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Corker: Wordsearch

Binnie: I had some success with my painting in the 1980’s when I lived in London, soon after leaving Art College but I always longed to live in the country and moved to Jevington to have a different kind of life with a child, a husband and lots of animals. It was very idyllic at the time and I always carried on with my painting and art making but I discovered that it was hard to sustain the success with galleries and art dealers once I was out of London. Now I am focussed once more on my work and spend a lot more time in London and things are starting to happen again.

Corker: I have hope with the generations coming up, I see more respect in people towards the feminine and masculine sides to personalities and an opening up of celebration of the differences.

 Jennifer Binnie and Jenifer Corker are showing at the Blackshed Gallery from December 10 until the end of January. Russet Farm Redlands Lane, Robertsbridge East Sussex,  TN32 5NG

Susan Fynes at blackShed

Susan Fynes, whose work is currently showing at the blackShed Gallery in Robertsbridge describes herself as predominantly a system based artist but, looking at her work last night, I wondered whether that emphasis might slowly be changing. Fynes  was in the year below me on the Brighton MA Fine Art course and  impressed everybody by her painstaking geometric compositions. You would be forgiven for wondering whether they might be computer generated, but there is no technology  involved. Amazingly, they are all done by hand  in pencil and acrylic paint. The larger ones, which can measure  50 inches square, can take months to complete.

If like me, your working habits tend towards messiness, you cannot help but be awed by the precision, the care and concentration needed.  Imagine having just a few tiny triangles to complete, when you knock over your cup of coffee, or you shift the paper to fill in another area before noticing that your thumb has picked up a liberal coating of yellow paint. Fynes clearly has the self discipline to avoid such disasters and to keep track of which colour comes next.  Stand in front of some of the painting and you can sense that there is a system in place but try to work out the code and you are likely to be puzzled.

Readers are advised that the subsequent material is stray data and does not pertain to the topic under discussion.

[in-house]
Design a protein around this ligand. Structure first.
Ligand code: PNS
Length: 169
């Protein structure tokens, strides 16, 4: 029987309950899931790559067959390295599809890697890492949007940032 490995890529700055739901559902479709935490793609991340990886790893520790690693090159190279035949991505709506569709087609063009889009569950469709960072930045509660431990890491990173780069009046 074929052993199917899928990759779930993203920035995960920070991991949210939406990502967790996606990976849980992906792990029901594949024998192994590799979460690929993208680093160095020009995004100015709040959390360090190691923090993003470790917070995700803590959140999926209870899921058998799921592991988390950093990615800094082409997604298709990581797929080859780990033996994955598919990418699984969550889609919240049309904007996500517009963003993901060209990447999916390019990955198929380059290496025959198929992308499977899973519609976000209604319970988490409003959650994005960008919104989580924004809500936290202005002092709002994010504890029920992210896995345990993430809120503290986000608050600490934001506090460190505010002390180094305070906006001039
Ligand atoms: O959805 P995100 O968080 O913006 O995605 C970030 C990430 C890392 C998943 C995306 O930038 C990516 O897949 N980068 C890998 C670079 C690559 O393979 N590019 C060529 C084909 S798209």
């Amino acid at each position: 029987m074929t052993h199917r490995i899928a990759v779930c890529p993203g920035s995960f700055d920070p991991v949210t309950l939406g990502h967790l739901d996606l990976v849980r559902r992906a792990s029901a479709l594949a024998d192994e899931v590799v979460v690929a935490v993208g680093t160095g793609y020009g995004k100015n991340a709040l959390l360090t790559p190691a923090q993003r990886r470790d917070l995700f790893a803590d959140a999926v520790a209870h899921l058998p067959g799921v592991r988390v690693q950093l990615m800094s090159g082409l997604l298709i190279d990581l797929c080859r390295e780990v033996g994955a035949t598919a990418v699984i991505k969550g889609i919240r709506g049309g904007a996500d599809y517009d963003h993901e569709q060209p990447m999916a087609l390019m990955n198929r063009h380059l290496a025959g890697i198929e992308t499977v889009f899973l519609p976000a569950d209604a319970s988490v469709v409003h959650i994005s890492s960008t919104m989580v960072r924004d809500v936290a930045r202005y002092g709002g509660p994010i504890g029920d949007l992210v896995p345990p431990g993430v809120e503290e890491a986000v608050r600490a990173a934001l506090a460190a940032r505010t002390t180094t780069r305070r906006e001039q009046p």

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Susan Fynes: May You Be Free From Suffering

Take the work above,  one of a series of three in the exhibition; you sense that the  pattern is not random; distinct bands appear out of the complexity but your eyes are likely to go squint before you work out whether there is a repeat pattern let alone what it might be. In fact, the answer lies in the title: May You Be Free From Suffering. Fynes told me this phrase is repeated in the work and that each letter has its own code, but, even knowing this, I cannot trace out the mantra in the painting or in either of its companions, May You Be Well, or May You Be Happy. But I liked the idea of the good wishes being woven into her works.

Much of Fynes’ work has this spiritual element; she considers herself a Buddhist. Increasingly, she appears to be allowing herself a freer rein in the way this spirituality is portrayed..In Faith, shown below, there was no formula,though oddly it looked as though there might have been one. In fact, the process was intuitive and started with filling in triangles of one colour and grew from there.

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Susan Fynes : Faith

Emerging too are more fluid pieces where squares and triangles give way to curves and the resultant bands appear to move and vibrate.

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Susan Fynes: Untitled XV

In the exhibition there were some pieces which did not appear to rely on process at all, like this perfect little drawing which was sold even before the private view,

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Susan Fynes: Untitled Study V

and this larger piece which is clearly a free composition.

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Susan Fynes pictured with Path of Least Resistance

It will be interesting to see whether, in future, works with no underlying grid slowly get larger and larger.With the increase in size; the technical challenges must surely grow. In the early days, she told me, she used to cover up part of the work to concentrate on the area on which she was working.  These days, with the looser interpretation, it is vital for her to be able to see the whole composition all the time, even if it increases the work’s vulnerability to the notorious gravity-defying properties of paint.

Susan Fynes is showing at the Blackshed Gallery,Russet Farm, Redlands Lane, Robertsbridge
East Sussex, TN32 5N Robertsbridge,  until 3 September.